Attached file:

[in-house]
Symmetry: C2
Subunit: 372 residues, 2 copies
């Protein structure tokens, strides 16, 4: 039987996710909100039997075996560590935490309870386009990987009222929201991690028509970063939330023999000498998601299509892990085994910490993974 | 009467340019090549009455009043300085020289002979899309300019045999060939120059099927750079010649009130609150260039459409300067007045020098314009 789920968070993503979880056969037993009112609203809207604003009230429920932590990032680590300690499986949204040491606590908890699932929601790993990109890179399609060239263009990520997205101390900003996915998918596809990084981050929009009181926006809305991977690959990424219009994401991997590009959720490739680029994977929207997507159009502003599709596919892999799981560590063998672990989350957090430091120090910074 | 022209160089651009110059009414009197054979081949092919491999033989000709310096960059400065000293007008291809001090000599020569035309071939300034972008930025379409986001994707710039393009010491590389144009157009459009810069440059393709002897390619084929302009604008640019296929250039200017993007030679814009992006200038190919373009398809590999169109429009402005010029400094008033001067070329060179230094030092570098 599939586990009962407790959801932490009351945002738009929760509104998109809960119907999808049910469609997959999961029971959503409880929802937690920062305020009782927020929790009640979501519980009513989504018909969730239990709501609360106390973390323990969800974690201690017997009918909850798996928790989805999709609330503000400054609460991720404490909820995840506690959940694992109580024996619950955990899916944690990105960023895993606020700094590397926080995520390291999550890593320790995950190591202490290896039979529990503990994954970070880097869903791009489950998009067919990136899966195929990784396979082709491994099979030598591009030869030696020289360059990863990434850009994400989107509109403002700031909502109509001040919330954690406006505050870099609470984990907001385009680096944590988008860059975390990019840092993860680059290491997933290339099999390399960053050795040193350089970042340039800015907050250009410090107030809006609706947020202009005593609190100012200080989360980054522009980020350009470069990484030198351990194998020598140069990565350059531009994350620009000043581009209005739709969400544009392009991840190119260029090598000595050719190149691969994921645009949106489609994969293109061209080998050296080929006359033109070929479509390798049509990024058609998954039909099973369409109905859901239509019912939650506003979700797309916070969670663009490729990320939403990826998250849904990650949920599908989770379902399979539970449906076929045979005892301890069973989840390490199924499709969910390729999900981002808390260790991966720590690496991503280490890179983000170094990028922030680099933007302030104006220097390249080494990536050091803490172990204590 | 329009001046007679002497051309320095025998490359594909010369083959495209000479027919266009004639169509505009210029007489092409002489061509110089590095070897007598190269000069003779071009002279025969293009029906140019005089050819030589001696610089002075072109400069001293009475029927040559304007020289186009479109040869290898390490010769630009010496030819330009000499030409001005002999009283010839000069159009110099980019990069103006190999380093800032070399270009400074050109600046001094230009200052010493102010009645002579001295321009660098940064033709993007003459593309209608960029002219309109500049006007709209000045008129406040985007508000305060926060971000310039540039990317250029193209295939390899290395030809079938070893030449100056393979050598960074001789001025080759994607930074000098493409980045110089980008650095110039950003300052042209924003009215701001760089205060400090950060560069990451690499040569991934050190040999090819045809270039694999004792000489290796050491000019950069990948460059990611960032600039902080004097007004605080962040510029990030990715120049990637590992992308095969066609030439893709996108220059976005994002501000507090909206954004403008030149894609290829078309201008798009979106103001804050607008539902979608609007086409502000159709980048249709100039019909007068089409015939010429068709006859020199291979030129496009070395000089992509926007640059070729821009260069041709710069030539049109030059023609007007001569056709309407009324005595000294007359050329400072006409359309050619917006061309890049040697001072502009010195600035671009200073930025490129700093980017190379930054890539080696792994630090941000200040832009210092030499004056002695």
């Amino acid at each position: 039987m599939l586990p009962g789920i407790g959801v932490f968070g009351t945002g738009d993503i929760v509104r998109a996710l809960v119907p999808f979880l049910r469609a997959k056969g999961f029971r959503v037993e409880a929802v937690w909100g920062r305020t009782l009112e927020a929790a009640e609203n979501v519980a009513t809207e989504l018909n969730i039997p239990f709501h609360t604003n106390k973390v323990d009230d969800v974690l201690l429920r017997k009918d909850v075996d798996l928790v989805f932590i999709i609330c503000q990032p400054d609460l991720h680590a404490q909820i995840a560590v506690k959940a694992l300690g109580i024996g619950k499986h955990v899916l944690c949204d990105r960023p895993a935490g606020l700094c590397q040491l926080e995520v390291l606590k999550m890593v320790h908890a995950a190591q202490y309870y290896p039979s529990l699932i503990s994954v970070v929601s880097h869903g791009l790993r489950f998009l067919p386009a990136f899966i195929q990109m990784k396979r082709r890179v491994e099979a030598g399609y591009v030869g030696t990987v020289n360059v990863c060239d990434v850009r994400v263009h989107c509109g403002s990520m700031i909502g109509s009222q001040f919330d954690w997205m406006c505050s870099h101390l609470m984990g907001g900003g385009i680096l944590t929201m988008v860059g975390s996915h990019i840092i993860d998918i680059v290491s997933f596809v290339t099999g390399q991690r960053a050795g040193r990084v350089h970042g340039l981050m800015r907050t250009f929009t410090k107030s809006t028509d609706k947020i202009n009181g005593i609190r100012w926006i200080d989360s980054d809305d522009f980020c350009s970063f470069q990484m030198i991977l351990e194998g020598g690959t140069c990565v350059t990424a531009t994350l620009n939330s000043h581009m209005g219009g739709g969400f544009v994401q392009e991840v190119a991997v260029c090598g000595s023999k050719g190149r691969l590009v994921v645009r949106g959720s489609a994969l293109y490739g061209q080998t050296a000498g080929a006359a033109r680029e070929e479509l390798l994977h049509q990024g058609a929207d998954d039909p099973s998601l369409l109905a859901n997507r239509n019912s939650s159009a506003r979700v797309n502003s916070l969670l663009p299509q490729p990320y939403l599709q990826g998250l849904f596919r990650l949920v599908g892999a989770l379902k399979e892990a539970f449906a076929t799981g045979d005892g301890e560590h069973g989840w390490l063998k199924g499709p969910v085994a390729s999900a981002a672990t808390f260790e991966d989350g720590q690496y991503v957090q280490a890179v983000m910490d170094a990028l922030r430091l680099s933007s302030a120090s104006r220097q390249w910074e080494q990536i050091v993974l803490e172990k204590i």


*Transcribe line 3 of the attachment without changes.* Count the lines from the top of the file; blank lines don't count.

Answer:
Subunit: 372 residues, 2 copies